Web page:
NAIDOC Welcomes EveryoneJuly 08, 2014

On January 26, 1938, a group of Aboriginal Australians took the streets of Sydney and protested the callous treatment of aborigines. The National Aboriginal and Islander Day Observance Committee (NAIDOC) Week was born.

The march coincided with the Australian Day celebration by (European) settlers. Some called it the world's first civil right movement protest, others believed it was the moment when anger couldn't be contained anymore. It was the day when the group wanted the world to know that aborigines won't be treated as invisible citizens in Australia anymore. No Steinbeckian aspect to this side of Australian history.

Aboriginal communities were established when the first settlers arrived. They have been around for centuries, but it was a period when the kingdoms in Europe were in a mad scramble to explore and claim any faraway land they could find. (This was an outcome of successive events that changed the political and social structure in the continent.) A war between the aborigines and settlers happened, and with their firearms and such, the latter prevailed. Assimilation followed, the result not desired by everyone.

The Day of Mourning continued for years, until NAIDOC was formed in 1957, supported by aboriginal organisations, state and federal governments and church groups. In 1972, the Department of Aboriginal Affairs came about, a major outcome of the 1967 referendum. In 1974, the National Aborigines Day Observance Committee (NADOC) was composed entirely of Aboriginal members for the first time. This was followed by NADOC asking to make National Aborigines Day a national public holiday. It didn't happen, but groups echoing the call are optimistic that the day will come. NAIDOC Week commences on the first Sunday of July and ends the following Sunday.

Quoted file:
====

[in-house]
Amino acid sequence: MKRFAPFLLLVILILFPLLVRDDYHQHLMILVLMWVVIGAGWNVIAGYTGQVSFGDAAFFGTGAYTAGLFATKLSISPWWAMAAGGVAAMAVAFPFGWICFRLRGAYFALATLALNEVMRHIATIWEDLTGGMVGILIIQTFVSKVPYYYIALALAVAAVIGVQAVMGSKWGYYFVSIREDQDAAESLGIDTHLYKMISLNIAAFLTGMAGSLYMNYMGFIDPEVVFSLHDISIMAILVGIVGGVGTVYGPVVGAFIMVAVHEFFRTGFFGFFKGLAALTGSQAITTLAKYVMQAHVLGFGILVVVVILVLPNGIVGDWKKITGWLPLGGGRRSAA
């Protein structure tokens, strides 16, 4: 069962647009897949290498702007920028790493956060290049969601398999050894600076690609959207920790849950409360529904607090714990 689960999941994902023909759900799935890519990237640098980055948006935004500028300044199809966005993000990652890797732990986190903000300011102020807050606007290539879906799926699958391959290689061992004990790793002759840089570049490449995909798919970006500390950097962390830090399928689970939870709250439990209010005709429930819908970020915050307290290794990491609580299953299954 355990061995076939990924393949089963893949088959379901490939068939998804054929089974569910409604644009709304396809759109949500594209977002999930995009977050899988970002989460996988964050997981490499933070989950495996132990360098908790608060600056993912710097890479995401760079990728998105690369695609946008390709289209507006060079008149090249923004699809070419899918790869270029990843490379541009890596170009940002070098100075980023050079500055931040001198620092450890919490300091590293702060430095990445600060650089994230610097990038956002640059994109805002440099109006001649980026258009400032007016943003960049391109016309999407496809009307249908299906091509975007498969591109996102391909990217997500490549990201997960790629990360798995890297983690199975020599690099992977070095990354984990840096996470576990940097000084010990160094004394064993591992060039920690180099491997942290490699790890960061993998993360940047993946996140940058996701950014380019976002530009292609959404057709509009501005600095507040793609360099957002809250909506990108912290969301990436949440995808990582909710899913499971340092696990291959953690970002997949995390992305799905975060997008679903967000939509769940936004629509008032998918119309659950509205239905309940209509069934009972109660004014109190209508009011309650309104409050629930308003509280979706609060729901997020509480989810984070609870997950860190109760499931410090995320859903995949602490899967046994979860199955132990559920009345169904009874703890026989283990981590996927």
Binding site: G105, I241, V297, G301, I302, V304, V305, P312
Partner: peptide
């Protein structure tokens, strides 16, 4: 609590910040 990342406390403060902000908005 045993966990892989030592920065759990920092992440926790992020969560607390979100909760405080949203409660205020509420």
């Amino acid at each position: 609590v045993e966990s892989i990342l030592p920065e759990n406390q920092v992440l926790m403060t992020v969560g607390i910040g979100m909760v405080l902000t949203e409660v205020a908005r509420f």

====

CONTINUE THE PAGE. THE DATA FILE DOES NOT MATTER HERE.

The celebration of NAIDOC Week became less political as the years went by. Boundaring became blurred, as the event turned into a recognition of the rich cultural history that made Australia unique. Last year's included live music, jumping castles, and horse rides. Attendees with children were offered free flu vaccinations. Greg and Lorraine Oldham ran the Red Ochre Workshop, and were happy about the outcome.

"It's an opportunity to get together and you can see everyone's getting involved," he said.

"You can see just looking around that everyone has a smile on their face and there's an acceptance of everyone."

"It's a meeting place and a place to pay respects."

Some believe that total acceptance isn't attained yet, as some members of the aboriginal community look at themselves as outsiders. Rhoda Roberts, head of indigenous programming at the Sydney Opera House, sees some wounds still need to be mended. She hopes Sydney's young indigenous community embraces the program.

"A lot of our young people are completely invisible," she said. "They're not in our magazines, on our televisions - you don't see other indigenous young people walking around the city."

"One of the beauties of the Opera House is that they're committed to making this a House for everyone. We want everyone to feel welcome."

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